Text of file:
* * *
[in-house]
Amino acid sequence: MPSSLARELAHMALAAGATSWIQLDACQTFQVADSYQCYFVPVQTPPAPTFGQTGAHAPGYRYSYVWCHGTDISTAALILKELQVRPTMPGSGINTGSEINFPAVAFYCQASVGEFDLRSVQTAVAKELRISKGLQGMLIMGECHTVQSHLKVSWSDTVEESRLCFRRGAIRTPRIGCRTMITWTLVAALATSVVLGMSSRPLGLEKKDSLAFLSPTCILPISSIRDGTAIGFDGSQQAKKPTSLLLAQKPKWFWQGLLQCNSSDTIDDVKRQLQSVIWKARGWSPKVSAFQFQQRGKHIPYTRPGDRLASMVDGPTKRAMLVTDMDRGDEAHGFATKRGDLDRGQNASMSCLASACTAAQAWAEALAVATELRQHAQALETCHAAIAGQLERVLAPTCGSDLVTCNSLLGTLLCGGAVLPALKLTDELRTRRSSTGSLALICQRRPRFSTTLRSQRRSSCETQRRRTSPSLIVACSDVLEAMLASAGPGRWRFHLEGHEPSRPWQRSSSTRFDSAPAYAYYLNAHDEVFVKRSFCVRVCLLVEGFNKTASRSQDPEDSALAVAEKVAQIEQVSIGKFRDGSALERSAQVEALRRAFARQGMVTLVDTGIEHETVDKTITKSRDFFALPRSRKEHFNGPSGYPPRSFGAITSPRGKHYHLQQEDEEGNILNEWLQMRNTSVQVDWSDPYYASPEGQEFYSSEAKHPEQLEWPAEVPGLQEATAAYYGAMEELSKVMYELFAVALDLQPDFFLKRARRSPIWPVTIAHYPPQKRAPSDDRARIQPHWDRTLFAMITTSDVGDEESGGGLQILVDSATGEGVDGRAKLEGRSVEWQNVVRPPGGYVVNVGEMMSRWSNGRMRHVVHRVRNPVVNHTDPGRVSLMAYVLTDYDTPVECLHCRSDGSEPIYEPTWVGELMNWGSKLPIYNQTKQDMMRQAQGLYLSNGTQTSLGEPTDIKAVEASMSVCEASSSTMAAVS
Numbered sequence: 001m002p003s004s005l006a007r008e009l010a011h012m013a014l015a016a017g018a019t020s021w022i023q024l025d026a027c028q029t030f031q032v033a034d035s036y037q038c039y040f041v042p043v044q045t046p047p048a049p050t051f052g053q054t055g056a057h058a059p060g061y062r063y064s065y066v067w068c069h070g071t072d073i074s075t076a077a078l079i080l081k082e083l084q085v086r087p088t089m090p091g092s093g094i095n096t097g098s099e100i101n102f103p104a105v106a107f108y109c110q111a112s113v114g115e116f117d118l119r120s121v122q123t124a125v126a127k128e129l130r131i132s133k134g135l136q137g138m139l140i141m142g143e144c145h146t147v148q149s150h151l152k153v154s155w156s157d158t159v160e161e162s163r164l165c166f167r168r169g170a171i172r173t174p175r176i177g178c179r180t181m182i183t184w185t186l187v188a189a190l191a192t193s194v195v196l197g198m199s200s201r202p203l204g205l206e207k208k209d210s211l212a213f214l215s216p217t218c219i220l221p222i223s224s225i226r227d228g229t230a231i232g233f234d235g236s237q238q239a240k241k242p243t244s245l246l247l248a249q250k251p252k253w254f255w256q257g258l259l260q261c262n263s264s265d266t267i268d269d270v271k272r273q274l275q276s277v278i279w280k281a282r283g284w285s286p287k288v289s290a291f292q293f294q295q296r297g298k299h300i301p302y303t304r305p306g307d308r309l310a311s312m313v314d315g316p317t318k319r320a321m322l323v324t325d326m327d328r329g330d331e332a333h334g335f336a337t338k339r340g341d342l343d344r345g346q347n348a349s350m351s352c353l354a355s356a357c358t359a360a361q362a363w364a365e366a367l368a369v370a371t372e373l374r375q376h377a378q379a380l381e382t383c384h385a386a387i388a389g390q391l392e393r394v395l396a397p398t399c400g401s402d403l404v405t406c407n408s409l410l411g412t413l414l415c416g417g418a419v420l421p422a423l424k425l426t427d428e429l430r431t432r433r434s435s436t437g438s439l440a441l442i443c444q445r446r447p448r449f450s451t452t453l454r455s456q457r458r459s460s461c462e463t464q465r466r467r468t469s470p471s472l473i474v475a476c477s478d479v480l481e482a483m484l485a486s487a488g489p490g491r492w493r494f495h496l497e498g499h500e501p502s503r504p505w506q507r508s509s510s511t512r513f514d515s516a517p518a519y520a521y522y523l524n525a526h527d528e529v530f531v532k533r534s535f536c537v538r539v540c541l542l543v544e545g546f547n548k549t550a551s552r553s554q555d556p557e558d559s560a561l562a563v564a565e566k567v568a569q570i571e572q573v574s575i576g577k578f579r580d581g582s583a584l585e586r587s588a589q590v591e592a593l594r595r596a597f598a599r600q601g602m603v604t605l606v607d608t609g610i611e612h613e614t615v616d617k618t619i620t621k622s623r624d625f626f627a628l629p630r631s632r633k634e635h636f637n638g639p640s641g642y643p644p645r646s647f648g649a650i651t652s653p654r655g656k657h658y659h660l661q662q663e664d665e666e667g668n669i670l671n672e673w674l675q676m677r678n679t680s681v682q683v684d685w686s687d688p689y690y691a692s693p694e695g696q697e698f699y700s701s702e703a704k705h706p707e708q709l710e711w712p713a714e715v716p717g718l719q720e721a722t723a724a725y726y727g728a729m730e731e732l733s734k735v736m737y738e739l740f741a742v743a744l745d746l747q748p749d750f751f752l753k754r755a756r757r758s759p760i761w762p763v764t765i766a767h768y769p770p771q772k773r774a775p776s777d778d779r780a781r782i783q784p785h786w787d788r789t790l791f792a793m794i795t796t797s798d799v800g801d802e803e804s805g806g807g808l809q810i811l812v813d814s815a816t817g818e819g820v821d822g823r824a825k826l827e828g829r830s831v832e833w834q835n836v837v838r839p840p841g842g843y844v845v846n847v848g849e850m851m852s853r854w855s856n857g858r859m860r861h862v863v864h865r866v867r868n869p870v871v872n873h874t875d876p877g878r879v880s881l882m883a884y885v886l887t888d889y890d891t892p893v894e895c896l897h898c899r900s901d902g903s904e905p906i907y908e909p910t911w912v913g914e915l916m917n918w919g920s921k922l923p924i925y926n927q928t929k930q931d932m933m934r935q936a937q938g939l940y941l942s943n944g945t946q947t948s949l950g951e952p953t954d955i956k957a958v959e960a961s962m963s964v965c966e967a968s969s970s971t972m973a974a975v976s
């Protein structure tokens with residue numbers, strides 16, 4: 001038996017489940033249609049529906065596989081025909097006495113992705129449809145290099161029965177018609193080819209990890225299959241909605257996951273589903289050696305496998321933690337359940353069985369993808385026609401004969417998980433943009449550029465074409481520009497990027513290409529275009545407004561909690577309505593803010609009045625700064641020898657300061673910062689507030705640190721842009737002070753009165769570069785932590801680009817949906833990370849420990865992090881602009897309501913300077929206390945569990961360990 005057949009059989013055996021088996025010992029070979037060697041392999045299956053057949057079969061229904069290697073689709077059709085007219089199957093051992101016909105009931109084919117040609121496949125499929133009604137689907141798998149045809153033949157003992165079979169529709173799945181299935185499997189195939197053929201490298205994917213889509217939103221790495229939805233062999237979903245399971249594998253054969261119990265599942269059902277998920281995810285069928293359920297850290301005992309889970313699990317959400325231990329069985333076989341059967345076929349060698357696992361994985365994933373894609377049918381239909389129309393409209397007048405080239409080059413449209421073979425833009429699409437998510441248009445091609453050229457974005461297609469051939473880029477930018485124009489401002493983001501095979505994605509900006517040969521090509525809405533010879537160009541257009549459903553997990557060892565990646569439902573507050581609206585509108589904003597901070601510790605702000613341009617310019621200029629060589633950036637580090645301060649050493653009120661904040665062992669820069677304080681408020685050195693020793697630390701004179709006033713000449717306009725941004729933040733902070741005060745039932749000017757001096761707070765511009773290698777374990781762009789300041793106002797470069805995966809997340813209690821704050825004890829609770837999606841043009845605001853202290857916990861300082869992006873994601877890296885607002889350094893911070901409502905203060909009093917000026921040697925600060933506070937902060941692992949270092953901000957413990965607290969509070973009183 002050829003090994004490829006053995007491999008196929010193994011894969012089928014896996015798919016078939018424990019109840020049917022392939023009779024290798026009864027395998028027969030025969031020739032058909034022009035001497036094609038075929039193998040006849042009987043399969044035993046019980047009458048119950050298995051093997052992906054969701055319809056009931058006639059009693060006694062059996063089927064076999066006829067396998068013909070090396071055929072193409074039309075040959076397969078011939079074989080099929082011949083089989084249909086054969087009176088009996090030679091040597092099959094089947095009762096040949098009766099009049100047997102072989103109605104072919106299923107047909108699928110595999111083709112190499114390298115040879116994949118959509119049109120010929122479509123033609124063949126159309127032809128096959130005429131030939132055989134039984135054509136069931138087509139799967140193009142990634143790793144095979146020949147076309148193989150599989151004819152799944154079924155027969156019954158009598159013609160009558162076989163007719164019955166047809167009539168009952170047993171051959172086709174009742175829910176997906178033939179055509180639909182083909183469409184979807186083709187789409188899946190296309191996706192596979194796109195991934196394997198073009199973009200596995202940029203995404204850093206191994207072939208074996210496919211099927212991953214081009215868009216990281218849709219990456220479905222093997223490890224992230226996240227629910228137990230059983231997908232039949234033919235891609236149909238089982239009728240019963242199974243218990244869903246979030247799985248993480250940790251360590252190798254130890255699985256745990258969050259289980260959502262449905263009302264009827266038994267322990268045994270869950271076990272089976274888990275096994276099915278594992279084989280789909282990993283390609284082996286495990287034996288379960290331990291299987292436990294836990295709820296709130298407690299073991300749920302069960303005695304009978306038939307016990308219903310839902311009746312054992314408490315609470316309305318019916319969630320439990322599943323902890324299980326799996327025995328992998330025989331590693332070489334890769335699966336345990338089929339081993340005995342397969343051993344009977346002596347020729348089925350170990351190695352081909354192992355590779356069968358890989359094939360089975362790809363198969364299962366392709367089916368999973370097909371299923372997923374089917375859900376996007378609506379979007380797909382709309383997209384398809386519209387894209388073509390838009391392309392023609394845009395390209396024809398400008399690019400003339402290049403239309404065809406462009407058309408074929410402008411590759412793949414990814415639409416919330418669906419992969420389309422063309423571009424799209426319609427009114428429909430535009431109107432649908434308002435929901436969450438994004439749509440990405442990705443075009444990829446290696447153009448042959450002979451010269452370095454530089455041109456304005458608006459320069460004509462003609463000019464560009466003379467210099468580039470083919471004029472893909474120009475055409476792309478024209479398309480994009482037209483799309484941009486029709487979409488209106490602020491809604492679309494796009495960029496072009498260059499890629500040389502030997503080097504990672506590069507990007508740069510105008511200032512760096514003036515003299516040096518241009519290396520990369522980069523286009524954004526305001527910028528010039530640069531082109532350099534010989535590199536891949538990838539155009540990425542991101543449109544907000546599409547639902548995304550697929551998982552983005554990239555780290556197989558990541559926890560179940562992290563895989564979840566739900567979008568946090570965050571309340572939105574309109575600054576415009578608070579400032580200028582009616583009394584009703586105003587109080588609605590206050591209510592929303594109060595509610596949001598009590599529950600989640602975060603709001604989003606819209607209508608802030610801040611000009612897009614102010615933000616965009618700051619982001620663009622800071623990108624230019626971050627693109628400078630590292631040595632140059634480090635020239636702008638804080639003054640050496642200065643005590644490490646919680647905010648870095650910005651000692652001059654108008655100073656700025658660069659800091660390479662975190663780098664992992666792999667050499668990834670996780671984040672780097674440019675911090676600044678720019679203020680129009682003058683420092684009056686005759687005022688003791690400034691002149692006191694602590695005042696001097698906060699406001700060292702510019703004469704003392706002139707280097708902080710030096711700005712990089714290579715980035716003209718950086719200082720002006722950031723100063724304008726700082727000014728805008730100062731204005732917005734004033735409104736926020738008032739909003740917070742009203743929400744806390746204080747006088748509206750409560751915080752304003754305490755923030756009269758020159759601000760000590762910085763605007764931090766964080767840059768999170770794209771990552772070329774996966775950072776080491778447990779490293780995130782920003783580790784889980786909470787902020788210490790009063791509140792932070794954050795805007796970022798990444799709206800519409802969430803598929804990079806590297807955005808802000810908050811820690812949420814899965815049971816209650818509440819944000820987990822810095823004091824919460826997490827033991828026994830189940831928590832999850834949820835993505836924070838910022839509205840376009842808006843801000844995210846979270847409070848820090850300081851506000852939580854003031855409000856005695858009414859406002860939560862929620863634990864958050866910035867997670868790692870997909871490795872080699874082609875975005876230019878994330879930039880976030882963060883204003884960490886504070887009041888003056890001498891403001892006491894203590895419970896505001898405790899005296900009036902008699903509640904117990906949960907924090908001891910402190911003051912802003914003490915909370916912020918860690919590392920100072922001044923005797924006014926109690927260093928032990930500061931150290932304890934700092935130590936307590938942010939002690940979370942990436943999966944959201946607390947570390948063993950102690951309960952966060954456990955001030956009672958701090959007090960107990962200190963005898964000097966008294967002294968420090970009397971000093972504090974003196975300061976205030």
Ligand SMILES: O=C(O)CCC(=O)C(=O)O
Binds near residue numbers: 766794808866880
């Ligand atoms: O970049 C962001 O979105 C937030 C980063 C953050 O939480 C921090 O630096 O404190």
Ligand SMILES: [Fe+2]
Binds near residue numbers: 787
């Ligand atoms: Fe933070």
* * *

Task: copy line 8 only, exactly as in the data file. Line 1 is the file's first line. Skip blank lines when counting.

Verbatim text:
Ligand SMILES: [Fe+2]